Usually, when I put things up here, it is because I have very strong views about them. But sometimes there are things which are so difficult and complicated and combustible that they don't really need me pontificating. You will know what conclusions you wish to draw. I just want to bring the thing itself to your attention.
Today's story I think is interesting for about eight different reasons. Jenny Tongue, the Liberal Democrat peer, has said some things about Israel. She has form on intemperate and unfortunate and odd remarks.
As always, there is the bashing up of free speech against the yelling of fire in a crowded theatre. How much should politicians be punished for speaking their true mind? Is it just cheap grandstanding for leaders to dismiss members of their party who say the wrong thing?
And yet, the free speech defence can go too far. Humans self-censor all the time, usually from politeness. I wonder, quite apart from anything else, whether this is just an example of really, really bad manners.
Also: I am interested in the role of context. It is context and history, I think, which make some remarks much more inflammatory than others.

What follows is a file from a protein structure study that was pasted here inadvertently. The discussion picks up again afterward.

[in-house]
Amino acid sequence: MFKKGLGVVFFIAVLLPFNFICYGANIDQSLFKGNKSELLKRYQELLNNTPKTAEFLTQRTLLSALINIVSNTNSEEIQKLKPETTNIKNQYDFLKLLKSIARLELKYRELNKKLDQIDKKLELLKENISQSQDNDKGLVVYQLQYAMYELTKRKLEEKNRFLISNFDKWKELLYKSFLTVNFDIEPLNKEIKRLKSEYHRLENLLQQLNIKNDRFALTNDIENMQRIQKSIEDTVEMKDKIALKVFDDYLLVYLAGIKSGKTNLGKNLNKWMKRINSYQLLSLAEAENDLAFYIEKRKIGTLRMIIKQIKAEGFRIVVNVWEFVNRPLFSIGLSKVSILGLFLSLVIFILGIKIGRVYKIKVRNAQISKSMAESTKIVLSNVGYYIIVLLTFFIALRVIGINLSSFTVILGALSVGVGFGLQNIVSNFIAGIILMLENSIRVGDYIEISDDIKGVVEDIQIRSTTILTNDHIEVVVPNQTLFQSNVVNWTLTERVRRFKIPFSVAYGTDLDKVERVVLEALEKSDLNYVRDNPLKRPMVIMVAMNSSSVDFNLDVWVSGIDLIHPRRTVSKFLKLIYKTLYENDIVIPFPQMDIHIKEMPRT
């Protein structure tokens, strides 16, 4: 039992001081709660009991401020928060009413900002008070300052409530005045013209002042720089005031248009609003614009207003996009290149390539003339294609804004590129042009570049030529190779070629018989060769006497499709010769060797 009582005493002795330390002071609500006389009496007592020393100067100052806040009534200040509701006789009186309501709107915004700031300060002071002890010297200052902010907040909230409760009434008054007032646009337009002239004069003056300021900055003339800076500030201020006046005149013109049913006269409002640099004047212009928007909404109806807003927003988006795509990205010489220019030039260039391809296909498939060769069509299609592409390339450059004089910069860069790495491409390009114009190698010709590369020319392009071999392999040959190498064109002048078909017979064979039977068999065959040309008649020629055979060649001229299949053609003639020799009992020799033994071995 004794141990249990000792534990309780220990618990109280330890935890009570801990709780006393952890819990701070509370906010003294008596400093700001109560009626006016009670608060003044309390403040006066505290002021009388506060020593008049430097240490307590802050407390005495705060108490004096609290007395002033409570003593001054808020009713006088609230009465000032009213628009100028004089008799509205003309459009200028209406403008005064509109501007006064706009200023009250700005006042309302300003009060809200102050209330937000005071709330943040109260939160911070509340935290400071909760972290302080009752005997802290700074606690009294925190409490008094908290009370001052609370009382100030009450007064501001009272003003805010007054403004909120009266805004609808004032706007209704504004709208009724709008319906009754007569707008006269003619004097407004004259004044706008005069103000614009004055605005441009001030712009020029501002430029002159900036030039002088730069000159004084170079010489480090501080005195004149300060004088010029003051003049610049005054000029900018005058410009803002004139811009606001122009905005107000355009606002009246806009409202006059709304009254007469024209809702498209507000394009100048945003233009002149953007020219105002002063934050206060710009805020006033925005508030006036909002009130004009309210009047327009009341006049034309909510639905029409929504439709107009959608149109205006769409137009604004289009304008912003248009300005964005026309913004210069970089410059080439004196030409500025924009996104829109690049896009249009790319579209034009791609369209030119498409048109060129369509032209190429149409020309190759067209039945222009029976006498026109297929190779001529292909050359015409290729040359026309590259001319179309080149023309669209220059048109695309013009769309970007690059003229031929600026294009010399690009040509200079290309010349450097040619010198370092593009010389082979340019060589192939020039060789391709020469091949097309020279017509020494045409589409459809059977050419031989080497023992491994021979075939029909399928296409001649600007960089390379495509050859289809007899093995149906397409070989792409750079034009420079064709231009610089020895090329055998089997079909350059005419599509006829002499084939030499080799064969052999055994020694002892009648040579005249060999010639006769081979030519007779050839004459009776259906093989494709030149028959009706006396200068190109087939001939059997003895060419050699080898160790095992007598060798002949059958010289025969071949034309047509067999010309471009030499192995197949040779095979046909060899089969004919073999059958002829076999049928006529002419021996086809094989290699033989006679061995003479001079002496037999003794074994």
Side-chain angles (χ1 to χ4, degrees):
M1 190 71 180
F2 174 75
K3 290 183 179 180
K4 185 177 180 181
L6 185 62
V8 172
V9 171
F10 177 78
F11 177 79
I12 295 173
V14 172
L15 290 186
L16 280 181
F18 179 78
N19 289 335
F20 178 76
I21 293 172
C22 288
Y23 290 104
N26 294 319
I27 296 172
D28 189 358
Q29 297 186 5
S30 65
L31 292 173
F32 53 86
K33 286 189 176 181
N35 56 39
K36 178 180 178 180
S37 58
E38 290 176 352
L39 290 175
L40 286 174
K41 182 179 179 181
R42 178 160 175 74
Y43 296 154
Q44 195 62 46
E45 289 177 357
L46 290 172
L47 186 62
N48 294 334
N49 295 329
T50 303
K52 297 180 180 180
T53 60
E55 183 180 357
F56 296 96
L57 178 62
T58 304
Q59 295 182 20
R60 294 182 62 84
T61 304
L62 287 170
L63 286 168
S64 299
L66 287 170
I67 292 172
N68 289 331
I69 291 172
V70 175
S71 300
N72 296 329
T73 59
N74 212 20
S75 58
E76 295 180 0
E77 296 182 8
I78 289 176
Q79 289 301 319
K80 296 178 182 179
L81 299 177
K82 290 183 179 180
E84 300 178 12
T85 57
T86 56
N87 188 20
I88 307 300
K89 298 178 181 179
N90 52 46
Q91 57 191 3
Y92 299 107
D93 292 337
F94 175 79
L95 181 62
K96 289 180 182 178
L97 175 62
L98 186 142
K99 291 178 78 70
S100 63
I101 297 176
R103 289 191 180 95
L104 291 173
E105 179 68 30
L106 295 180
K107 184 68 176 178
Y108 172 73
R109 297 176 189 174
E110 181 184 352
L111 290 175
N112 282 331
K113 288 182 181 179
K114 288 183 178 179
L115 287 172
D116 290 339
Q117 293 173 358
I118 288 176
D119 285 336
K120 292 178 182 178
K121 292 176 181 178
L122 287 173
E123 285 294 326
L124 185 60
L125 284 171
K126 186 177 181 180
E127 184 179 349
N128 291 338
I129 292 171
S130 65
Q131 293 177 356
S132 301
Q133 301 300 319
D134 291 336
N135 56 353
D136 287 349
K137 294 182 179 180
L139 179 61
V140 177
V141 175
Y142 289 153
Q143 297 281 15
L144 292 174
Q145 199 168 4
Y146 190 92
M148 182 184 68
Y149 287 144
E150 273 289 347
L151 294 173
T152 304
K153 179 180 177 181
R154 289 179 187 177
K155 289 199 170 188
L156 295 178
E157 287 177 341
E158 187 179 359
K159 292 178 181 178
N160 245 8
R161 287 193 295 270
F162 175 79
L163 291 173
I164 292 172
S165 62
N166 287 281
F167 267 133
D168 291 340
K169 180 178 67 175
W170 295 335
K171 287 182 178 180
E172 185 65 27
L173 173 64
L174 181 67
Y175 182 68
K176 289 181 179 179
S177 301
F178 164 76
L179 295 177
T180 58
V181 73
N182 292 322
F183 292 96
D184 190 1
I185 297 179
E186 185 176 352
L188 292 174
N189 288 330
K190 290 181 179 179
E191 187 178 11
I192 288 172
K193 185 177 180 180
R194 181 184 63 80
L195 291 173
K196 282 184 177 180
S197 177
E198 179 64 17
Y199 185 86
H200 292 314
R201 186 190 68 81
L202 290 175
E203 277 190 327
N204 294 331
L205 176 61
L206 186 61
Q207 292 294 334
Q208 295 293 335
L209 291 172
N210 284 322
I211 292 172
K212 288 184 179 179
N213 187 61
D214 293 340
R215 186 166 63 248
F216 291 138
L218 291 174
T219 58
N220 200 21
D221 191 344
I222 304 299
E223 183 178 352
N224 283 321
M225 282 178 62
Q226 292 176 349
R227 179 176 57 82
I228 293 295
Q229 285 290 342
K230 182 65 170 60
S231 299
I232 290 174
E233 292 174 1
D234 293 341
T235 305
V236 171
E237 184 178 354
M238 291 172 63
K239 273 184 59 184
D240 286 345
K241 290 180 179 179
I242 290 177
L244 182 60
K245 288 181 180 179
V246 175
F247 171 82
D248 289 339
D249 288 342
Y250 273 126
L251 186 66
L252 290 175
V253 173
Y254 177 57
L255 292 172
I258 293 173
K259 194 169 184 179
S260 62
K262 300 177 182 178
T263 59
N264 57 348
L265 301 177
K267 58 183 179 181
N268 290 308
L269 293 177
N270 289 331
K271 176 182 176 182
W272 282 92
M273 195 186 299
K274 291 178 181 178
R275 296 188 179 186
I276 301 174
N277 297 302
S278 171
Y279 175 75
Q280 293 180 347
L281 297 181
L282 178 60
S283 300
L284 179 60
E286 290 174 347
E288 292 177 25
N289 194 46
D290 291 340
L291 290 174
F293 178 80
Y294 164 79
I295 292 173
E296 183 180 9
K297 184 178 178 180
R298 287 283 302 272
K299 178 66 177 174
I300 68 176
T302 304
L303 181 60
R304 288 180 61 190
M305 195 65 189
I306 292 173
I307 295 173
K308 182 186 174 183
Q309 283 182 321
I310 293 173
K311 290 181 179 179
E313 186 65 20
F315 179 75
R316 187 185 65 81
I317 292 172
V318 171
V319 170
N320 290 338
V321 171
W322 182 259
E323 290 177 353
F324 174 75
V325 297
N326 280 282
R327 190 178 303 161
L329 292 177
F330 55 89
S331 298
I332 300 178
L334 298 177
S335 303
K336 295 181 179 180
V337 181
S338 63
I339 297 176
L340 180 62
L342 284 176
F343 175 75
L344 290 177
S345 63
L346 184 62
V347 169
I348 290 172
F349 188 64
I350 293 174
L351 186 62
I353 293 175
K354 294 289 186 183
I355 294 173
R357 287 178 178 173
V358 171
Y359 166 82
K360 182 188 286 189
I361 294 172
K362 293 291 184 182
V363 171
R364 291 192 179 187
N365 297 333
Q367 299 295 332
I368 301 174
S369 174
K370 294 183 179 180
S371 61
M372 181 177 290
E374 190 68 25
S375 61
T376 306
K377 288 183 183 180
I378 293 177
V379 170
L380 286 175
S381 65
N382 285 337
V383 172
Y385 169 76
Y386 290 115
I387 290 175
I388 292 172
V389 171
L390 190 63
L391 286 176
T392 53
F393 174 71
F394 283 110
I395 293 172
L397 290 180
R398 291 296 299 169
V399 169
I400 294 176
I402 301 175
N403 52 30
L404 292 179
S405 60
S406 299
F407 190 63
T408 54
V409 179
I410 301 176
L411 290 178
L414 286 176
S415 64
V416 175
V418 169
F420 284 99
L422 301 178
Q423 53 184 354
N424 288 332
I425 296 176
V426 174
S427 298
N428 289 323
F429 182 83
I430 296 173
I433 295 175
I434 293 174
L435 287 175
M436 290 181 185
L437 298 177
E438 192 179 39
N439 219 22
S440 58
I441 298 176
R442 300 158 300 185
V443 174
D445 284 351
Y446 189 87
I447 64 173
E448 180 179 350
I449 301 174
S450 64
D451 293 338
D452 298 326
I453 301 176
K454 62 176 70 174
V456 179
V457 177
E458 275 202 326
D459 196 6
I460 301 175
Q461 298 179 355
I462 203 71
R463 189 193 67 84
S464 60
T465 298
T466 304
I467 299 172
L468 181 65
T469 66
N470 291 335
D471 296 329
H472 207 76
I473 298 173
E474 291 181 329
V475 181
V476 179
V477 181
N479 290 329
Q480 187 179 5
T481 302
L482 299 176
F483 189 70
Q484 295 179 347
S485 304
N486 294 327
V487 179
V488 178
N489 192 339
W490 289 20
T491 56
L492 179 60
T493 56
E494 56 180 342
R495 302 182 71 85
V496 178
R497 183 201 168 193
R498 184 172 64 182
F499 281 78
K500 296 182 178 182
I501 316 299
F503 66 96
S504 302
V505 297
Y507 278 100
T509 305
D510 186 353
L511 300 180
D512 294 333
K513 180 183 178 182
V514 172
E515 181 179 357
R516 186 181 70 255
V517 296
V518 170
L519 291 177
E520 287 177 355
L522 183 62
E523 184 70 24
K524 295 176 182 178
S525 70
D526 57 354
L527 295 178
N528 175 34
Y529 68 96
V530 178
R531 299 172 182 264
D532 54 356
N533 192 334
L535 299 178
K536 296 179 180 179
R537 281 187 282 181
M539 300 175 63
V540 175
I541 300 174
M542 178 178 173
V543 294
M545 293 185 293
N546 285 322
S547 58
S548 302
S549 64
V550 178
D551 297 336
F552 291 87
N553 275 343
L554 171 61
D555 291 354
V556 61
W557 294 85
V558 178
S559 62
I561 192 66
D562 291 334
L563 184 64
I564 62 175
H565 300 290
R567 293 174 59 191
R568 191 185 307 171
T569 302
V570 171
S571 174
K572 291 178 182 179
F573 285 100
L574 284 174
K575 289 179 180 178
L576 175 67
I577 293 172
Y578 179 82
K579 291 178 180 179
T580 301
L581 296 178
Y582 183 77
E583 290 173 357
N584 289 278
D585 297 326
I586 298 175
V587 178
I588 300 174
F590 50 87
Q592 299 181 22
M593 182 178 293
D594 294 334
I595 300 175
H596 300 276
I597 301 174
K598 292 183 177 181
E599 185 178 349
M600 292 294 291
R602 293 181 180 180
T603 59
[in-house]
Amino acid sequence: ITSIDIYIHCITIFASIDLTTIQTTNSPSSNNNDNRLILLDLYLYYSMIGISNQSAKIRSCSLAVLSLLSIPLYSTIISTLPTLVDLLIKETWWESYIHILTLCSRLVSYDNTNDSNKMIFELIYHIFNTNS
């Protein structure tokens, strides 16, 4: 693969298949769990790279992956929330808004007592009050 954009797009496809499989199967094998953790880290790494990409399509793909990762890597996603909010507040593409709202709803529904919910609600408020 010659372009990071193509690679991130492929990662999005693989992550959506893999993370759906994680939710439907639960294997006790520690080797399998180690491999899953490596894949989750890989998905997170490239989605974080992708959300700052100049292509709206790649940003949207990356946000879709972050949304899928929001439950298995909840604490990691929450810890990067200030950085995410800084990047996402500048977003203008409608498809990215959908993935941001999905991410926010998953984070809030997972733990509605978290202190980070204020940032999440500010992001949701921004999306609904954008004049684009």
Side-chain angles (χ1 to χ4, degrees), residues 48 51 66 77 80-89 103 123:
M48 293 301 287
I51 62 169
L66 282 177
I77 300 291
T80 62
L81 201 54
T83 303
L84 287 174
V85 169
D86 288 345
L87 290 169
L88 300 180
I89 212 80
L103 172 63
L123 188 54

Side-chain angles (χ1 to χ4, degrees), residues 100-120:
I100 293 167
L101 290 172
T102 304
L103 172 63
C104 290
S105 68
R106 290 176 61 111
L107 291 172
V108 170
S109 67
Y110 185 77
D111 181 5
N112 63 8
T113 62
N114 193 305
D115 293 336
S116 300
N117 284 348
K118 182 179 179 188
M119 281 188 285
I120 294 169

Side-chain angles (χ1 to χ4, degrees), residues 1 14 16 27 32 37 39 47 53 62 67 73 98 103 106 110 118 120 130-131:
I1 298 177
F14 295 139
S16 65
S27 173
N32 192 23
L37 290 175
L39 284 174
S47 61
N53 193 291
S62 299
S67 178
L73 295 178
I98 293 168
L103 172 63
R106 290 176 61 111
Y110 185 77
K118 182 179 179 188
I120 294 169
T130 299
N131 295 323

Generally, though, I tend to agree with the Chief Rabbi. He is such a thoughtful and moderate man. If he thinks something is beyond the pale, I am inclined to think it is so.
Read it here, and see what you think.
Soothing picture of a Nubian Ilex in the Negev Desert:
Oh dear. After all that, I did seem to pontificate a bit. The more I think of this, the more I think the oddity and wrongness of Tongue's statements were to do with a conflation of two different things. Surely it is possible to question the policies of a government, as people do with many different countries, without questioning whether the state itself should or will exist in the future. It is that, with its horrible echoes of past and current prejudices and hatreds, which strikes one as extreme and sinister.